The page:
[Ancientartifacts] Re: Who Owns the Past?

Possibly, in the future, Wisconsin.
"BE IT ALSO RESOLVED that the Republican Party of Wisconsin, in
convention assembled, asks lawmakers to pass a bill exempting art,
books, coins, militaria, pottery, stamps, weapons and other common
antique collectibles for consideration from future import
restriction and cultural property laws and treaties".
Ramon Saenz de Heredia
--- In Ancientartifacts@yahoogroups.com, "Dave Welsh" <dwelsh46@...>
> James Cuno contends that antiquities from great cultures belong to
> not nation states that emerged centuries later
> http://yaleglobal.yale.edu/display.article?id=10678
> Unprecedented global travel and cultural exchange help make the
world a
> smaller place but, ironically, they also stir national pride.
> combined with business calculation, now threaten to segregate
antiquity that
> belongs to all of the humanity.
> Most nation states have cultural property laws that restrict the
> international movement in archaeological artifacts found within
> borders. But some antiquities are undocumented, lacking evidence of
> archaeological circumstances or removal. In the current debate over
> acquisition of undocumented antiquities, the world's archaeological
> community has allied with nationalistic programs of nation states.
> Nations can and do bring charges of possession of, or conspiring to
> stolen property against people and institutions holding objects
covered by
> the relevant ownership laws, as seen with the Republic of Italy's
> against the former J. Paul Getty Museum curator, Marion True, or
> charges against Yale University with regard to contested Machu
> artifacts. More often than not, such laws are perceived as free of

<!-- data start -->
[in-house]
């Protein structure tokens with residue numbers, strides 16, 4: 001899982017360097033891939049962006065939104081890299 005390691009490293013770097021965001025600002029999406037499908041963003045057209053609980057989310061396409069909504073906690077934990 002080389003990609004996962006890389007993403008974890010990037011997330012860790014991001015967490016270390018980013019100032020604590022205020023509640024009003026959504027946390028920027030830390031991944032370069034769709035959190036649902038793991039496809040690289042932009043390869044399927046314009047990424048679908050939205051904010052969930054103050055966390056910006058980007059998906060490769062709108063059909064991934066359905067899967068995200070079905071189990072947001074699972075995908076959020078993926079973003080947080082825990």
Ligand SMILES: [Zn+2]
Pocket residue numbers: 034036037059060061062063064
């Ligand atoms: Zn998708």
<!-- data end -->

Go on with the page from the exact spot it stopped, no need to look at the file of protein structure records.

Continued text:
> - the stuff of objective, reasoned best practice and indifferent
> regulations. Nothing could be farther than the truth.
> Government serves the interest of those in power. Once in power,
> control over territory, governments breed loyalty among their
> often by promoting a particular identity and history. National
culture -
> language and religion, patterns of behavior, dress and artistic
production -
> is at once the means and manifestation of such beliefs, identity and
> loyalty, and serves to reinforce governments in power.
> Governments can use antiquities - artifacts of cultures no longer
extant and
> in every way different from the culture of the modern nation - to
serve the
> government's purpose. They attach identity with an extinct culture
that only
> happened to have shared more or less the same stretch of the earth's
> geography. The reason behind such claims is power.
> ...
> Sadly, the public discussion about nationalist retentionist cultural
> property laws focuses on their role, which foreign governments and
> archaeological community promote, as a means of protecting the
integrity of
> archaeological sites. It's argued that the laws inhibit looting and
> consequent illicit trade.
> But this is only partly true. Over the decades in which they've
been in
> place, strengthened by international conventions and bilateral
treaties, the
> looting of archaeological sites has continued. In fact, many
> claim it's increased. The real purpose of such laws - and this is
what we
> should be arguing about - is to preserve nation states' claims of
> over antiquities found or presumed to have been found within their
> jurisdiction. This happens just as the world is increasingly